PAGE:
Saturday, 15 September 2007

Variations on a Theme

Well, I want to get started on this now as I will be going out soon to hear a presentation by Jane Goodall. I am going with one of my dearest friends and I am really looking forward to an interesting evening.
LATER--

Finally, I am back home after a very enjoyable evening -- even the wheelchair transit people were on time! My only complaint is that I wasn't quite warm enough -- I had on a light jacket and I really needed a heavy one. Hard to believe that we are getting such cool weather already.

Anyway, now it is time to get started on our virtual tour for this evening. As I mentioned last night, I wanted to show some more examples of how drawn I am to bright and intense colours.
Even when I am trying to colour something that would normally require muted tones -- like houses and sidewalks -- I end up with something like this next drawing which I call "An Open Gate"



How subtle are purple houses and intensely green leaves?

Sometimes, when I draw orchids for example, I am able to restrain myself so that the colours are closer to those found in nature. The next drawing entitled "An Orchid for Betty" is an example:



But then the next time I do a drawing of orchids, I find I just have to use the most intense colours I can find. This next one is called "The Beauty of Orchids" and it actually glows -- even printed on paper, it still seems to be lit from within.



I can occasionally force myself to use more subdued colours when do drawings of flowers such as these "Daffodils".



At other times I am almost appalled at what I end up with. I get caught up in drawing and colouring and when I finally stop and take a good look at what I have done, I feel almost as though the drawing was done by someone else. This next one, which I called "Crazy Tulips" is a good example:



When it comes to drawings of people, I can usually be counted on to try to use colours that are suitable. However, all I need is just a bit of an excuse and here comes the intense colours once again.

The next example is a drawing of a dear friend of mine. Her heritage is Spanish and I guess the word "Spanish" triggered something that made me think of rich red. When my friend saw her drawing for the first time, she paid me a great compliment when she said that my work reminded her of some of Andy Warhol's drawings of celebrities! It is simply called: "A Spanish Beauty"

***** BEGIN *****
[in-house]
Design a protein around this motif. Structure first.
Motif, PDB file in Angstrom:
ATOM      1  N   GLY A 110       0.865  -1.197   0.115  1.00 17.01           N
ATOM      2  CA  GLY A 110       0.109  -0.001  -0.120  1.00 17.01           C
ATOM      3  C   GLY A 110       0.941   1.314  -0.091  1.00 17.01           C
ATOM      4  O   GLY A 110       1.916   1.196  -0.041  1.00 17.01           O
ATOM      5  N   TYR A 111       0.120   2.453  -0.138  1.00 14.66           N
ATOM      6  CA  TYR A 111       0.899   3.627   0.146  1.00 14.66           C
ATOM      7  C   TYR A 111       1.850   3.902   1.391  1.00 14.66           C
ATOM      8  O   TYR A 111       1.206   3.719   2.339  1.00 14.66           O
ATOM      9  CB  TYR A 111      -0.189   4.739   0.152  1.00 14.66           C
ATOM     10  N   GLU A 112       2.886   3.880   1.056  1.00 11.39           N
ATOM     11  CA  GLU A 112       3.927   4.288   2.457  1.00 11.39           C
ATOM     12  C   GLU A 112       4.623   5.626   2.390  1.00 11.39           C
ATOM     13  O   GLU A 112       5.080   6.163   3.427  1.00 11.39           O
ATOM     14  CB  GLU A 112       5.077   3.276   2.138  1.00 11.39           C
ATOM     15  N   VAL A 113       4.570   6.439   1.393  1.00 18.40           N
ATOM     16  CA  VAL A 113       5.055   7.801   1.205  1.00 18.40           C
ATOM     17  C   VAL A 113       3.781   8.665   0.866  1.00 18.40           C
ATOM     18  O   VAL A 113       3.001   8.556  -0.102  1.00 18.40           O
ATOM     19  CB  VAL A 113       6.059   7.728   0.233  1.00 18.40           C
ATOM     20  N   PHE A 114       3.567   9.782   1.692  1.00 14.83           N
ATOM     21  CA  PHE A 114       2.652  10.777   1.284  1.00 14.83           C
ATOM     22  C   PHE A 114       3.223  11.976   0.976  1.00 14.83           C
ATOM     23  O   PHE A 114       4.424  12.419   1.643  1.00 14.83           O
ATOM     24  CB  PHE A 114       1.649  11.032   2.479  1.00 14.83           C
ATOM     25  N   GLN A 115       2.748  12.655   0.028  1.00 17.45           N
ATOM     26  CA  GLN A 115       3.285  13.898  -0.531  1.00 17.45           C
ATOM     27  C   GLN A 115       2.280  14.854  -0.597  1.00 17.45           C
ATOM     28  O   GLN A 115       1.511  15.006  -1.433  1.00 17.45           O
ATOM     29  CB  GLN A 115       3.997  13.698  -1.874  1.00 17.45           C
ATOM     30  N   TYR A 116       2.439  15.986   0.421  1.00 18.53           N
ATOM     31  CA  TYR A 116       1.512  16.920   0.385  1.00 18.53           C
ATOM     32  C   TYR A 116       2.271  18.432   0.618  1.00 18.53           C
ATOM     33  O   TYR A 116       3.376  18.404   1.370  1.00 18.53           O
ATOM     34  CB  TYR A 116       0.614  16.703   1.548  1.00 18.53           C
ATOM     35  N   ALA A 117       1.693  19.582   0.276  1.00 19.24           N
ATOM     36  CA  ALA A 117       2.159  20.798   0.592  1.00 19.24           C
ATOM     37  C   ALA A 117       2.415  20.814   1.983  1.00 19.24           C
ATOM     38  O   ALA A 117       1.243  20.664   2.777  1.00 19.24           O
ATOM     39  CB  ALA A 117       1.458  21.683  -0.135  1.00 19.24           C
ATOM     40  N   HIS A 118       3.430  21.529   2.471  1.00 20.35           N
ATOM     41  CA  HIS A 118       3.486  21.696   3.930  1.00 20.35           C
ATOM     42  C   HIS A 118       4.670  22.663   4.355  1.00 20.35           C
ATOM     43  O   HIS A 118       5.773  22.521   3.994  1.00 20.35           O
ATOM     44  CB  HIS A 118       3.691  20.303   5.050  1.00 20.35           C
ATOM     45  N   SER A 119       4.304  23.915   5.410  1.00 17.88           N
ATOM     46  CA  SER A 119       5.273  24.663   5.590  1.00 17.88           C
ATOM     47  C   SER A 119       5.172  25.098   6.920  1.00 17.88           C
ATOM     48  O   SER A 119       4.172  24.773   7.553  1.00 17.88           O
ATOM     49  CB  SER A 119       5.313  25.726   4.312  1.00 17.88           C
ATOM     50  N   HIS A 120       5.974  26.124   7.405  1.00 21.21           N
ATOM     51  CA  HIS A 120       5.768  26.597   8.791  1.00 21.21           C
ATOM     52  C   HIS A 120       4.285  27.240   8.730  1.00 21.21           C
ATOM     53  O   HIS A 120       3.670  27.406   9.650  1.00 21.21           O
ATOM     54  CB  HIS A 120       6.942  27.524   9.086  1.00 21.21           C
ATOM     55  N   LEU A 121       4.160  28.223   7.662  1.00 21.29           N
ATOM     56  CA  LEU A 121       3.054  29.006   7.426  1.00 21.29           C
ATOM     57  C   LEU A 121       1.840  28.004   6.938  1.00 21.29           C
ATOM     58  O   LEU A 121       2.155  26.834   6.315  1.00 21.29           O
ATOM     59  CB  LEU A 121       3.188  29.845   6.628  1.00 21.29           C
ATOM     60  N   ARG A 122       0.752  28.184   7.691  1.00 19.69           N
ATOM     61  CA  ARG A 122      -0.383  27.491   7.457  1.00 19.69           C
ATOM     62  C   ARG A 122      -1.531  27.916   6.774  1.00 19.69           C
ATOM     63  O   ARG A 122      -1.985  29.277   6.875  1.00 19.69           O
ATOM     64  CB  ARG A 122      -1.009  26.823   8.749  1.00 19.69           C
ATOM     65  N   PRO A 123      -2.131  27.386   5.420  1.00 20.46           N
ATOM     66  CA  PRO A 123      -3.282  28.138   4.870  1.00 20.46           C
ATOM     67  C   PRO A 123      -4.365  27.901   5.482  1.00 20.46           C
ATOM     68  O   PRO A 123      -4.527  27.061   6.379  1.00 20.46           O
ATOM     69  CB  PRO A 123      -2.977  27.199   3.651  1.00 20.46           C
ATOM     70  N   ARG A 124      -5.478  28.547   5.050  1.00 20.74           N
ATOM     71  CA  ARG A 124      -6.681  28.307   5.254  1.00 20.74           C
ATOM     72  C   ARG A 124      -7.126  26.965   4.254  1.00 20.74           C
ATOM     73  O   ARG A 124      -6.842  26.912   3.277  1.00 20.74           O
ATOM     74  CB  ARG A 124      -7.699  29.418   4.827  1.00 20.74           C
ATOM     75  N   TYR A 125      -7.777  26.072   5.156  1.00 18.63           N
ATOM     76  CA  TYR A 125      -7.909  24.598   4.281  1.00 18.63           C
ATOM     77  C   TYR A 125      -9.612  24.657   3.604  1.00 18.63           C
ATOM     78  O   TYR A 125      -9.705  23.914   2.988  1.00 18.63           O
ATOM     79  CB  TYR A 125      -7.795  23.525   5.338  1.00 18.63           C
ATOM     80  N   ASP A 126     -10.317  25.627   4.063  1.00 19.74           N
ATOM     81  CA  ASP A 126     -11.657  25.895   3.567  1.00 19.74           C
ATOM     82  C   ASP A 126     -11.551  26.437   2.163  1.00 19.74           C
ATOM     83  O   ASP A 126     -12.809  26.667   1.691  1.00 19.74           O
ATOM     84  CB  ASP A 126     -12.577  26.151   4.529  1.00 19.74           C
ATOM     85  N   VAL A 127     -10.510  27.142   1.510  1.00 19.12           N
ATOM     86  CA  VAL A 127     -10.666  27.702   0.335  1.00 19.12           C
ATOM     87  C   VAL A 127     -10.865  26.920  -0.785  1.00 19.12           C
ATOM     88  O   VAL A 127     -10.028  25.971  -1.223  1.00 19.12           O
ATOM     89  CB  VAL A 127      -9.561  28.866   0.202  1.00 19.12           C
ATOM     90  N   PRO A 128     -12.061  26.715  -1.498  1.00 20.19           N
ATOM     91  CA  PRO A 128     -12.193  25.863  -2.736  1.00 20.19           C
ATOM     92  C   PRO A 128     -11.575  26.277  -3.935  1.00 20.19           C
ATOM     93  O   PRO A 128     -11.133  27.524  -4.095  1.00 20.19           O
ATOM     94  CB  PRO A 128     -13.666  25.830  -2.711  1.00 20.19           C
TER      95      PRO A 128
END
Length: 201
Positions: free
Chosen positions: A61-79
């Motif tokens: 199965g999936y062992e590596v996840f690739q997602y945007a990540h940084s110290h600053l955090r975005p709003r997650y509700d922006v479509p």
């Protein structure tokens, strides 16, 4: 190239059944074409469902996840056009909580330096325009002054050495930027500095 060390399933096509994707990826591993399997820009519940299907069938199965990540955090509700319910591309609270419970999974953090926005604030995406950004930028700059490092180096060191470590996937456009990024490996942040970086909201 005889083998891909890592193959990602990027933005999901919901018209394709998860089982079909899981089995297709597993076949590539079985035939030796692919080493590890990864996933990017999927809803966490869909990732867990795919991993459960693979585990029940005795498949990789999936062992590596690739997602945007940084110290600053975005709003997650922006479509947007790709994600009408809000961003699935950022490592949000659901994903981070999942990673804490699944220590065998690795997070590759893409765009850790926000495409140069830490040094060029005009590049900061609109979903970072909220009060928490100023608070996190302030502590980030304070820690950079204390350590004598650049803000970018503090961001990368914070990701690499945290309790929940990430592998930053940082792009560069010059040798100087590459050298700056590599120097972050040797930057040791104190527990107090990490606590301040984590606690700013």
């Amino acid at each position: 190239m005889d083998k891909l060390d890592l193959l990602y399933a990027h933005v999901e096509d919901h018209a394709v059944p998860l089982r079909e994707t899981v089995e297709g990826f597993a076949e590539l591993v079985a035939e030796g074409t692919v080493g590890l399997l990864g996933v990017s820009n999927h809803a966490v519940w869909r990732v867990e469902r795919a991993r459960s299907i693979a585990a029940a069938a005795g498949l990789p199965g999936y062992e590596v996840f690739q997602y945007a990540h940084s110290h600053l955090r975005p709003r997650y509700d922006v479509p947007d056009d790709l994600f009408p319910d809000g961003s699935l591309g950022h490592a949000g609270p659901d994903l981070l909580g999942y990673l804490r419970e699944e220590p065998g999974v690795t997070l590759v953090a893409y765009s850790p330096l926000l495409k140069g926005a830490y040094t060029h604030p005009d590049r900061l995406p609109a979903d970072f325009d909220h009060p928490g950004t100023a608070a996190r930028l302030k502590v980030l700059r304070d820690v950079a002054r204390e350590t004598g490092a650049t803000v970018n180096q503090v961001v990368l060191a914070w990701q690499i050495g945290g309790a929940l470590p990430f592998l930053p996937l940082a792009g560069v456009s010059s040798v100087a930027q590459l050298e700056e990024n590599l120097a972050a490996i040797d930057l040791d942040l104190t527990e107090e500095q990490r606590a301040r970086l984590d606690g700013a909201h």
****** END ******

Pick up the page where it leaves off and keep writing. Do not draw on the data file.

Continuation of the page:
Sometimes I feel very justified in using brilliant colours as they seem necessary to help me express the emotions I am after. The next four drawings are of dancers. The first two are drawings of one of my lovely, young cousins who has been trained in dance. I wanted to show her in actual dance positions while at the same time adding elements that might help the drawing have more of a sense of movement.

In this first selection, I have her dancing on top of an Anemone. It is called "Floating on the Breeze"



The second one shows her hiding under the Dogwood branches as a Cardinal flies overhead. I did not even try to get creative with the name of this one and simply called it "Dogwood, Cardinal and a Dancing Girl"



The next two were pictures I saw in the newspapers. The first one is of a ballet dancer (obviously) and was photographed in black and white. In an effort to give a sense of movement, I put in a colourful background of moving shapes. It is called "Dancing on Air"



The final drawing of a dancer is one in which I just left the background plain and tried to give a sense of movement through the use of colours and the positions of her hair and her scarf and fan. This is, for reasons I won't try to explain at this time, called "Dim Sum"



That is the end of today's tour. Tomorrow I think I might do the entire tour just of drawings of flowers, including a couple of favourites with flowers and butterflies.

Until then, I pray you keep well and happy.

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